Germany is dependent on Russian gas supply. This need not remain the case, says Holger Hanselka, President of the Karlsruhe Institute of Technology (KIT) and Vice-President of the Helmholtz Association
Following its annexation of Crimea, Russia's status has shifted from being a politically reliable partner to the West to being a geopolitically doubtful entity. The West reacted with a few diplomatic sanctions, which at first proved to have little impact. Yet since the disputes in Eastern Ukraine have likewise started to escalate, the group of the seven leading industrial nations, including Germany, France and the USA, have adopted a more severe stance. Earlier this week, the G7 agreed on an energy pact that openly discusses emergency measures for the event of Russian President Putin deciding to switch off gas supplies to the European Union. Such a move would at the same time open up the option for more severe sanctions being imposed on Russia. Yet what would happen, if sanctions were to actually escalate in this manner? Specifically, how would this impact on future energy supply in Germany?
In 2013, according to as yet provisional data, Germany sourced about 38 per cent of its natural gas demand from Russia, 26 per cent from the Netherlands, 20 per cent from Norway and six per cent from other countries. Germany can satisfy only some 10 per cent demand from out of its own production. Consequently, this much is clear: even though Germany has been striving for years to minimise its dependence on Russia and to source the required gas from as many different countries as possible, and even though Germany has the world's fourth largest gas storage capacities, we will be able to buffer the cessation of Russian gas supply only for a very limited time - unless we are prepared to accept austerities for the population and the industry. And this scenario does not even take into account the fact that Germany with its gas reserves is likely to have to support other EU countries in the event of crisis.
Yet how can the existing dependence on Russian gas supply be minimised at least in the long term, if not in the short term? Various options are available: technical, economic and political.
The first and foremost step would be reduction of gas consumption! Lowering gas demand, that is, to both save on energy as well as use the available energy more efficiently, is actually easier and cheaper than finding new suppliers. Natural gas is mostly used for heat generation. Therefore it will be important to invest even more decisively than so far into insulation of residential and industrial buildings - the so-called thermal renovation. Moreover, what we need are more efficient energy conversion processes, for example, modern gas burners for heating buildings.
A positive impact can be expected also from power to gas facilities, which can substitute natural gas with synthetic gas, even though the initial absolute figures will be modest. Biogas likewise contributes to substituting natural gas these days. Accessing the German shale gas reserves by way of fracking, that is, by hydraulic fracturing, could also contribute to easing the situation, as can currently be observed in the USA and Canada. Of course, the potential environmental risks of fracking and the prevalent public scepticism in Germany must be taken into account. Yet what is definitely needed is targeted research and development in all these fields.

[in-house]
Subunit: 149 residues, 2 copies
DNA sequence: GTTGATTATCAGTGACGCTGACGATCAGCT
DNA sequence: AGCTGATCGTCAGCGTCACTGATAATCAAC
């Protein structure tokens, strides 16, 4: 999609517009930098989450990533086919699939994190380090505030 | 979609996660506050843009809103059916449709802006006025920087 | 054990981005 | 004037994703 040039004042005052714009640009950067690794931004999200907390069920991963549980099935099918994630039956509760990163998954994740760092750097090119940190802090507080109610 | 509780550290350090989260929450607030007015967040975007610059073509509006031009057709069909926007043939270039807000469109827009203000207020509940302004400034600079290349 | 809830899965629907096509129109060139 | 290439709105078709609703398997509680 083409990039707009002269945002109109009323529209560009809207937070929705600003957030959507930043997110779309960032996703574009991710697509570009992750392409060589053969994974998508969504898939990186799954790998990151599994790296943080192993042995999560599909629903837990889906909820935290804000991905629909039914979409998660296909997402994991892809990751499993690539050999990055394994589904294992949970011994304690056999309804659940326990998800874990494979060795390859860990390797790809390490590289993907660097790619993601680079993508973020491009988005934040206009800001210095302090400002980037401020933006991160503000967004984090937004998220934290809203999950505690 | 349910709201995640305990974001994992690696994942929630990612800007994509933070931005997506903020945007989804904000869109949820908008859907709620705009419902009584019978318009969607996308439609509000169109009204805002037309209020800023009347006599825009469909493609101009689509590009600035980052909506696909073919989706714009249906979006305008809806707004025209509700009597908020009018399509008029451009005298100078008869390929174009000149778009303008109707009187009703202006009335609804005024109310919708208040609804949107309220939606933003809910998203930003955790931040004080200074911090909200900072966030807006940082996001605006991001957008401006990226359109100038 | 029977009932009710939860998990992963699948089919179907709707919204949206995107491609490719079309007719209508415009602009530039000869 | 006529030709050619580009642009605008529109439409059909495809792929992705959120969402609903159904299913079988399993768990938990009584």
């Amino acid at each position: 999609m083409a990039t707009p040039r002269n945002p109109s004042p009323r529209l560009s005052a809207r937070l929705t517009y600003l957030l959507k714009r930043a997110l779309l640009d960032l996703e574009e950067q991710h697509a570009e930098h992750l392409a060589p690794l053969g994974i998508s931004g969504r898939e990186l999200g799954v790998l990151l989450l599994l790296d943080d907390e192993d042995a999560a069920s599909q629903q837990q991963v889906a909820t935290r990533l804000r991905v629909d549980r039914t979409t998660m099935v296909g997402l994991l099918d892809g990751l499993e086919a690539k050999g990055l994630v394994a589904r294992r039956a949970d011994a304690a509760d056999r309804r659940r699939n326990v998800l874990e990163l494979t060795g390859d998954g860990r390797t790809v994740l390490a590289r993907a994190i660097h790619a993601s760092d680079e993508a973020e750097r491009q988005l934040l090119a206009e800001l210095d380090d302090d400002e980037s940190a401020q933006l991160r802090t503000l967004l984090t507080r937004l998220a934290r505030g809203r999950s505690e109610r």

In addition to technical solutions, there are economic options available. All countries from which Germany already sources natural gas could slightly increase their supply. However, this would not cover the current Russian supply percentage. Another option would be to resort to imports from non-European countries such as the USA and Canada. Yet since there are currently no corresponding gas pipelines in place, the gas would have to be transported in liquid form. Liquefaction and cooling are technically elaborate and expensive processes. Moreover, Germany does not have in place the required LPG terminals. Experts estimate that the construction of such facilities would take at least three years and, what is more, that LPG will be economically competitive only by the end of this decade.
Lastly, the political options: the crisis in the Ukraine provides good arguments for the energy transition, that is, the planned conversion of the German energy system by 2050, as well as making a compelling case for intensifying the required research efforts. Significant increase of the share of renewable energy sources, increase of energy efficiency, reduction of total energy consumption, installation of storage facilities for electricity, gas and heat as well as thermal renovation of the German building stock: with these measures we not only reduce emission of climate-damaging greenhouse gases. At the same time, we reduce Germany's dependence on energy imports.
As impressive as the list of options may be, it must be realised that there is no patent remedy providing a short-term solution. At least in the medium term, numerous European countries will remain dependent on energy supplies from Russia. It is fortunate, however, that this dependency is by no means one-sided: Russia itself needs these purchasing countries to obtain urgently needed foreign currency. The Moscow government generates half of its revenue through its energy industry. Moreover, Russia is dependent on the import of Western – and not least German – technology to modernise its industry and infrastructure. Looking to the past is equally encouraging: even in the darkest times of the Cold War, Russia has never stopped or artificially tightened its gas supply.
So, hopefully enough time remains for Germany and Western Europe to work on supply alternatives. Time, that must be used now.